After previously serving as chief of staff to Sen. Max Baucus (D-Mont.), Jim Foley is leaving Capitol Hill to take a highly coveted position in the office of the president.
No, not President Bush. Foley’s new destination isn’t the White House; he is headed instead for the office of University of Montana President George Dennison, who has tapped him to become an executive assistant and also the school’s new vice president, according to a July 19 report in the Missoulian.
Foley should be reasonably familiar with the University of Montana campus already. Before becoming Baucus’ chief of staff, Foley was director of corporate, foundation and government relations at the university from 1997 to 2000.
Although he won’t arrive in the president’s office without any background in higher education, most of Foley’s professional experience has come in politics. Before his first stint at the University of Montana, Foley served as staff director to former Rep. Pat Williams (D-Mont.) from 1989 to 1996. He worked as Williams’ legislative assistant from 1983 to 1988, and from 1977 to 1983 Foley worked in the Montana governor’s office and at the Montana Department of Labor and Industry.
In his new role, Foley’s chief responsibility will be to oversee marketing and public relations. He will also guide the president’s advisory council and help coordinate communication with the university’s satellite campuses. Dennison promises that “he’ll be very busy.”
Foley went to high school in Helena, Montana’s capital city, and he is a graduate of St. John’s University.
Computer Expert Makes Exit. With 15 years of service as the chief information officer for the House Government Reform Committee under her belt, Corinne Zaccagnini is leaving for Network Appliance Inc., an information technology storage company, where she will serve as lead sales representative to Congress, several executive branch agencies and a handful of quasi-federal agencies such as the Smithsonian.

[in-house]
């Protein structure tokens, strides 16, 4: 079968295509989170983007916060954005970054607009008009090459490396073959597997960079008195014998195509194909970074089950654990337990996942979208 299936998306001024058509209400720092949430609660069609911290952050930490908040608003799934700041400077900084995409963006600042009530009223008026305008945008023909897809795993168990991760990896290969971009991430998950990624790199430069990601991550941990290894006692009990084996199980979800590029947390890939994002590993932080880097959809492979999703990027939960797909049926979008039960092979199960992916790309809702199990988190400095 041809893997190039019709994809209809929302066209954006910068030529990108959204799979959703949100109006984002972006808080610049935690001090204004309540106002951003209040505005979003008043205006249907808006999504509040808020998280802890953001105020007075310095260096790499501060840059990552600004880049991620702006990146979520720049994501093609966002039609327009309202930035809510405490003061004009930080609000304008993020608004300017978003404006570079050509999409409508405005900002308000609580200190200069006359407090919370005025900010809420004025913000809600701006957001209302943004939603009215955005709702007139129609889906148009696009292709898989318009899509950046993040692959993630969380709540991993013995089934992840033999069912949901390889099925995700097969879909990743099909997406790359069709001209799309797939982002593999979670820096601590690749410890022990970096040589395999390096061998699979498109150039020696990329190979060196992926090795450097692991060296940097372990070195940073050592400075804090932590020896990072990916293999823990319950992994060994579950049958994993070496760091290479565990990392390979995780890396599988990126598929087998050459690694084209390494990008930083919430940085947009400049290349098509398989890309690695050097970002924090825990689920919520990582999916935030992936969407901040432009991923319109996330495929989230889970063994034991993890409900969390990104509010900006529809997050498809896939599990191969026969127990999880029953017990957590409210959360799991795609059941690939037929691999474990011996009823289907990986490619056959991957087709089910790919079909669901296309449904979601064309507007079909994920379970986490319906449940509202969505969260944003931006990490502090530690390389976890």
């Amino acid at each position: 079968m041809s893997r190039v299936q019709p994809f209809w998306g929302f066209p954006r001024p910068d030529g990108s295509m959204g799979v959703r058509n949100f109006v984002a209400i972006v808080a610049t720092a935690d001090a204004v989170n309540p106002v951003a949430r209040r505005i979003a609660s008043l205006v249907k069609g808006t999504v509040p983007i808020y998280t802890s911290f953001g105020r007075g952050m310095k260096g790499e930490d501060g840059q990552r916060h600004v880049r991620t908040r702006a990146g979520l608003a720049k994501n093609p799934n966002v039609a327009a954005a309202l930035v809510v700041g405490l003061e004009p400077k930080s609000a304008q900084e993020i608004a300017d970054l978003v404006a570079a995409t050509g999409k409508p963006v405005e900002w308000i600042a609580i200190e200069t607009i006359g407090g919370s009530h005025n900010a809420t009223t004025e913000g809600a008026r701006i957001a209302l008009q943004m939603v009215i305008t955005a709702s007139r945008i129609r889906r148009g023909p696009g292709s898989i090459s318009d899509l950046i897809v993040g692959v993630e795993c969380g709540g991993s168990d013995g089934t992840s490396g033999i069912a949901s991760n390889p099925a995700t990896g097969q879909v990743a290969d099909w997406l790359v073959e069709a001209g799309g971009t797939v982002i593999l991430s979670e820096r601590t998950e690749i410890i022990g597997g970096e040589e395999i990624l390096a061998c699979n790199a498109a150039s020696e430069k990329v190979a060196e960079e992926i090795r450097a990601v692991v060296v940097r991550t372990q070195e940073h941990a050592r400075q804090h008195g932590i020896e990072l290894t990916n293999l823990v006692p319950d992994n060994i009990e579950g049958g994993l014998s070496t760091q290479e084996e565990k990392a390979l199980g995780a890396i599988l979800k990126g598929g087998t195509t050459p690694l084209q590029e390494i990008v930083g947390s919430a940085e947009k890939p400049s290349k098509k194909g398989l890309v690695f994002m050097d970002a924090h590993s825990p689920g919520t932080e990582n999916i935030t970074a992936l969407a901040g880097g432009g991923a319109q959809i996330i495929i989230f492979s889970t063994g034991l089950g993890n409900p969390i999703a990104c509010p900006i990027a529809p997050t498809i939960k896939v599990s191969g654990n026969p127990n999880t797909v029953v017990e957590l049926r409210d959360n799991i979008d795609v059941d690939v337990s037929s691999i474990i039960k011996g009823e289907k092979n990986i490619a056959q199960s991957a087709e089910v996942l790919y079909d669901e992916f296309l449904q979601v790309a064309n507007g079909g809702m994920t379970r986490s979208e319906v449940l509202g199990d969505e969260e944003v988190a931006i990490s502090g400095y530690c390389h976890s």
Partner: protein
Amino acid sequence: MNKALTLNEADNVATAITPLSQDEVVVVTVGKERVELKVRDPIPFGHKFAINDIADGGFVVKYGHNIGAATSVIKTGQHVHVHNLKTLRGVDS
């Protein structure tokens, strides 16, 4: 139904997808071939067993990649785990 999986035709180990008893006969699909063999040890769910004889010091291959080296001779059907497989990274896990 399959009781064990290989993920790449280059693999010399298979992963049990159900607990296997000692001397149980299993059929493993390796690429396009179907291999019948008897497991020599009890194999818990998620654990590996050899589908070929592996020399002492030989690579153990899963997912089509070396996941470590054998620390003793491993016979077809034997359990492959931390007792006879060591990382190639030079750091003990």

The House Government Reform Committee has more employees than any other committee in Congress. At one point, it employed more than 170 staffers, which made managing its IT infrastructure a formidable challenge, but a challenge for which Zaccagnini was well prepared.
During her tenure, Zaccagnini conceived of and helped implement several IT improvement projects. She spearheaded the development of the committee’s investigative database, arranged for its hearings to be broadcast over the House cable television system and supervised the creation of the first fully digital, broadcast-ready hearing room, which enabled the general public to view committee hearings on the Internet.
Zaccagnini has been the committee’s chief information officer for eight years. Before accepting this position, she began her Hill career on the Commission on Security and Cooperation in Europe, aka the “Helsinki Commission,” chaired by Rep. Steny Hoyer (D-Md.).